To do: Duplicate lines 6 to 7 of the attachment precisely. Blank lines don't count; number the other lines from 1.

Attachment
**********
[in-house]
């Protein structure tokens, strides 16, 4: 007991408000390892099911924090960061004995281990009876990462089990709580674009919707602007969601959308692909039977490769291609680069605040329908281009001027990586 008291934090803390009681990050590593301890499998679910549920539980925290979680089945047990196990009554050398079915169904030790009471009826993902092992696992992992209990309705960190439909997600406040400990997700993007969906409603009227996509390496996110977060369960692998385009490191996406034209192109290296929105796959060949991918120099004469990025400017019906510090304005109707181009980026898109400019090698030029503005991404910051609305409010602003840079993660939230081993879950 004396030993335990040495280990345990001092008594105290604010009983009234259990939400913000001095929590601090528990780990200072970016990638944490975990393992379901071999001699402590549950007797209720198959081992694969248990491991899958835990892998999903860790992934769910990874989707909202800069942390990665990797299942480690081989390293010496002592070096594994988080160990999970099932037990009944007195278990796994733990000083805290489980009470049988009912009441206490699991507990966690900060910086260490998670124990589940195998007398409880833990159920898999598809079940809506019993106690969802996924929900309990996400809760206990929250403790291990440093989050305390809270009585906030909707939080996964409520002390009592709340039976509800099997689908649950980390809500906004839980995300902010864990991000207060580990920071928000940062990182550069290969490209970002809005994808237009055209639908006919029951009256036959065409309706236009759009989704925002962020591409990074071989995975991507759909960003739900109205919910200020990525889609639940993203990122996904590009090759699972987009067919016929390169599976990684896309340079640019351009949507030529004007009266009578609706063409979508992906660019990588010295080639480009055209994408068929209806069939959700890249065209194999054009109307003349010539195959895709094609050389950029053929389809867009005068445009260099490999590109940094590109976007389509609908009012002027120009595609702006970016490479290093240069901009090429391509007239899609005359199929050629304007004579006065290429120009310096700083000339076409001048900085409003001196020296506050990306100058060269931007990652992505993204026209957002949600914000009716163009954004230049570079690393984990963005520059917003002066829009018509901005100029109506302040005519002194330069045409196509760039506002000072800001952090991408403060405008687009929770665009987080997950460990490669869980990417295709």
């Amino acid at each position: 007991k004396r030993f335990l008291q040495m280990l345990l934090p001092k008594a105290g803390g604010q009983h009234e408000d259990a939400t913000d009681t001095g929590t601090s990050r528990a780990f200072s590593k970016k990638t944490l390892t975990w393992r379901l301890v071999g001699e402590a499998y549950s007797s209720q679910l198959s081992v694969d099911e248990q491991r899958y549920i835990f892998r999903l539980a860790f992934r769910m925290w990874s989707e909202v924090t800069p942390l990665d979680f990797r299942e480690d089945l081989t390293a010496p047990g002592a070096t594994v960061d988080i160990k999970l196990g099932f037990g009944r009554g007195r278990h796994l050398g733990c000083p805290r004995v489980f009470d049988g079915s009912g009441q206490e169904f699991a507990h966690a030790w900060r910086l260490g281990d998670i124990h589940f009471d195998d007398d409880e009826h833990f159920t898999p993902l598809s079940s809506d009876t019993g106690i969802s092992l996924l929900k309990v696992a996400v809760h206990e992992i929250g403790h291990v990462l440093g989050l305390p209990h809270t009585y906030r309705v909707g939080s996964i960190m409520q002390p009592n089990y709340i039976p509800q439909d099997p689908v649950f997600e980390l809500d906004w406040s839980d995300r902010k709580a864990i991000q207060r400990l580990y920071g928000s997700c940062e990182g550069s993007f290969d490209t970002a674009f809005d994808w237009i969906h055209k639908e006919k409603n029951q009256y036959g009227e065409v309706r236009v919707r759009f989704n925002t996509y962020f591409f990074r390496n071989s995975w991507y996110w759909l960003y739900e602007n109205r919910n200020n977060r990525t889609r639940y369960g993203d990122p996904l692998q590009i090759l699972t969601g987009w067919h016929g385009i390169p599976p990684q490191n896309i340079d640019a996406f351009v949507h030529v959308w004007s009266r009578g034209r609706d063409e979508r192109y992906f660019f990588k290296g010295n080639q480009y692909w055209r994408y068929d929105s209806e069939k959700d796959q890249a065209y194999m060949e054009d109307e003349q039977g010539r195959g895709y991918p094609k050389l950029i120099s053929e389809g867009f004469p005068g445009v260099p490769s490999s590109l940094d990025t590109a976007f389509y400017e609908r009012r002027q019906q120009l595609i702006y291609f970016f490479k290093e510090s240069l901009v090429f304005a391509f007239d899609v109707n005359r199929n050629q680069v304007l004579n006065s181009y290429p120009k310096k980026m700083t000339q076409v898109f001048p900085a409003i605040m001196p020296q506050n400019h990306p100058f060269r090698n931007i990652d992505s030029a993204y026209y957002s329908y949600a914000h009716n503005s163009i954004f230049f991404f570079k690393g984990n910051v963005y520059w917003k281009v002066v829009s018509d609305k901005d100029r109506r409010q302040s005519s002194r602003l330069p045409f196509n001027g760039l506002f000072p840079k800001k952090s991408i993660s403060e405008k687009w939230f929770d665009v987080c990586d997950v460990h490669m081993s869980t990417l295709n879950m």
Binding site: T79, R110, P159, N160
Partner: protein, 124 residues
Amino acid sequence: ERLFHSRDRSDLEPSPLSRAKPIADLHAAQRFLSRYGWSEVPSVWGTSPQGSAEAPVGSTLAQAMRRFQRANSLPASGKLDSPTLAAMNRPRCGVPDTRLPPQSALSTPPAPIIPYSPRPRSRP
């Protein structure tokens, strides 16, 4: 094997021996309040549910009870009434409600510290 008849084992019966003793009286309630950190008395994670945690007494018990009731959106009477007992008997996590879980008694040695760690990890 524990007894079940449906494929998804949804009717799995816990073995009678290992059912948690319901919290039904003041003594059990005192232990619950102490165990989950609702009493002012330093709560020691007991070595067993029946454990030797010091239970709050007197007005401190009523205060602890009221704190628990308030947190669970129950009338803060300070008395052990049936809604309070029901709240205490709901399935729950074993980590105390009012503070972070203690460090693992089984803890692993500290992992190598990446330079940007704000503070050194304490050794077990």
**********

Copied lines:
Amino acid sequence: ERLFHSRDRSDLEPSPLSRAKPIADLHAAQRFLSRYGWSEVPSVWGTSPQGSAEAPVGSTLAQAMRRFQRANSLPASGKLDSPTLAAMNRPRCGVPDTRLPPQSALSTPPAPIIPYSPRPRSRP
């Protein structure tokens, strides 16, 4: 094997021996309040549910009870009434409600510290 008849084992019966003793009286309630950190008395994670945690007494018990009731959106009477007992008997996590879980008694040695760690990890 524990007894079940449906494929998804949804009717799995816990073995009678290992059912948690319901919290039904003041003594059990005192232990619950102490165990989950609702009493002012330093709560020691007991070595067993029946454990030797010091239970709050007197007005401190009523205060602890009221704190628990308030947190669970129950009338803060300070008395052990049936809604309070029901709240205490709901399935729950074993980590105390009012503070972070203690460090693992089984803890692993500290992992190598990446330079940007704000503070050194304490050794077990």